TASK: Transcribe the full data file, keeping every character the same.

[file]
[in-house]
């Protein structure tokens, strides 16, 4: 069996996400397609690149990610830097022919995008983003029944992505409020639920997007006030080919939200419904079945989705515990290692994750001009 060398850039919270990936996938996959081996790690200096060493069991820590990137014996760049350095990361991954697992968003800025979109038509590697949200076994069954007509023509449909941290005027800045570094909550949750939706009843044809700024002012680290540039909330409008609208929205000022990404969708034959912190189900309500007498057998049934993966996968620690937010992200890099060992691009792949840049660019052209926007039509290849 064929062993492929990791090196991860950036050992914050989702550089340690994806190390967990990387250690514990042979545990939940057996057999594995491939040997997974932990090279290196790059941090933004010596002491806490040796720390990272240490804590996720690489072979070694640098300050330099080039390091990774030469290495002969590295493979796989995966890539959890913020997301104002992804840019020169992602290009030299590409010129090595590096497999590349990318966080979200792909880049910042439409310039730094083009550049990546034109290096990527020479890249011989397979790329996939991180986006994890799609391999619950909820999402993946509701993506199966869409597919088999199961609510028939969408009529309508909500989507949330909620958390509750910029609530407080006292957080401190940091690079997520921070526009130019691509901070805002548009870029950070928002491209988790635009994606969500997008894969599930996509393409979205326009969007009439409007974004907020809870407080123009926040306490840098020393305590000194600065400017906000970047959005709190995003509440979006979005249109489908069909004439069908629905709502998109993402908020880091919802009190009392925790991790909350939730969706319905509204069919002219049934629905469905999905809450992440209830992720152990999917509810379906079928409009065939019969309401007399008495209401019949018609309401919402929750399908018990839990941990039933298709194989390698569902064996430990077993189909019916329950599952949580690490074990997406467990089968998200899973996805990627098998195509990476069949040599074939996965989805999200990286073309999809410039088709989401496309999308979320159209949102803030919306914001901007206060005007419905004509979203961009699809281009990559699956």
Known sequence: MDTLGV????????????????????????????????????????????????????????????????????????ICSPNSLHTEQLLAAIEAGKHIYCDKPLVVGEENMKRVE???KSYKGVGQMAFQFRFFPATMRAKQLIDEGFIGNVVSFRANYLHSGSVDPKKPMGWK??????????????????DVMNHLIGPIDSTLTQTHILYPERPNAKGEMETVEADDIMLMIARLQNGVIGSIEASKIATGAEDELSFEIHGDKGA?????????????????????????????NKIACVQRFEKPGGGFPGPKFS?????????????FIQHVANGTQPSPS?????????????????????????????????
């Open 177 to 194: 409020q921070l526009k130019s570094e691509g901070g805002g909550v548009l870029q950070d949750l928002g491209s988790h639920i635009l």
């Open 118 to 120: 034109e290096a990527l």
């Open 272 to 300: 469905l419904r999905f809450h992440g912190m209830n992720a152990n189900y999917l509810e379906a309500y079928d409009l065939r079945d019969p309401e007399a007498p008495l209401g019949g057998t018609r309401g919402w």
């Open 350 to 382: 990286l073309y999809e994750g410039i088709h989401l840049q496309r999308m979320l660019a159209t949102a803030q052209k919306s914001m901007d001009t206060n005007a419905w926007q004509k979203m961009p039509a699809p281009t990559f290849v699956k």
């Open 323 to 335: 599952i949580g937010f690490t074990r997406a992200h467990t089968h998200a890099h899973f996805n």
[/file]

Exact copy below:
[in-house]
């Protein structure tokens, strides 16, 4: 069996996400397609690149990610830097022919995008983003029944992505409020639920997007006030080919939200419904079945989705515990290692994750001009 060398850039919270990936996938996959081996790690200096060493069991820590990137014996760049350095990361991954697992968003800025979109038509590697949200076994069954007509023509449909941290005027800045570094909550949750939706009843044809700024002012680290540039909330409008609208929205000022990404969708034959912190189900309500007498057998049934993966996968620690937010992200890099060992691009792949840049660019052209926007039509290849 064929062993492929990791090196991860950036050992914050989702550089340690994806190390967990990387250690514990042979545990939940057996057999594995491939040997997974932990090279290196790059941090933004010596002491806490040796720390990272240490804590996720690489072979070694640098300050330099080039390091990774030469290495002969590295493979796989995966890539959890913020997301104002992804840019020169992602290009030299590409010129090595590096497999590349990318966080979200792909880049910042439409310039730094083009550049990546034109290096990527020479890249011989397979790329996939991180986006994890799609391999619950909820999402993946509701993506199966869409597919088999199961609510028939969408009529309508909500989507949330909620958390509750910029609530407080006292957080401190940091690079997520921070526009130019691509901070805002548009870029950070928002491209988790635009994606969500997008894969599930996509393409979205326009969007009439409007974004907020809870407080123009926040306490840098020393305590000194600065400017906000970047959005709190995003509440979006979005249109489908069909004439069908629905709502998109993402908020880091919802009190009392925790991790909350939730969706319905509204069919002219049934629905469905999905809450992440209830992720152990999917509810379906079928409009065939019969309401007399008495209401019949018609309401919402929750399908018990839990941990039933298709194989390698569902064996430990077993189909019916329950599952949580690490074990997406467990089968998200899973996805990627098998195509990476069949040599074939996965989805999200990286073309999809410039088709989401496309999308979320159209949102803030919306914001901007206060005007419905004509979203961009699809281009990559699956």
Known sequence: MDTLGV????????????????????????????????????????????????????????????????????????ICSPNSLHTEQLLAAIEAGKHIYCDKPLVVGEENMKRVE???KSYKGVGQMAFQFRFFPATMRAKQLIDEGFIGNVVSFRANYLHSGSVDPKKPMGWK??????????????????DVMNHLIGPIDSTLTQTHILYPERPNAKGEMETVEADDIMLMIARLQNGVIGSIEASKIATGAEDELSFEIHGDKGA?????????????????????????????NKIACVQRFEKPGGGFPGPKFS?????????????FIQHVANGTQPSPS?????????????????????????????????
């Open 177 to 194: 409020q921070l526009k130019s570094e691509g901070g805002g909550v548009l870029q950070d949750l928002g491209s988790h639920i635009l």
């Open 118 to 120: 034109e290096a990527l």
């Open 272 to 300: 469905l419904r999905f809450h992440g912190m209830n992720a152990n189900y999917l509810e379906a309500y079928d409009l065939r079945d019969p309401e007399a007498p008495l209401g019949g057998t018609r309401g919402w």
């Open 350 to 382: 990286l073309y999809e994750g410039i088709h989401l840049q496309r999308m979320l660019a159209t949102a803030q052209k919306s914001m901007d001009t206060n005007a419905w926007q004509k979203m961009p039509a699809p281009t990559f290849v699956k």
């Open 323 to 335: 599952i949580g937010f690490t074990r997406a992200h467990t089968h998200a890099h899973f996805n």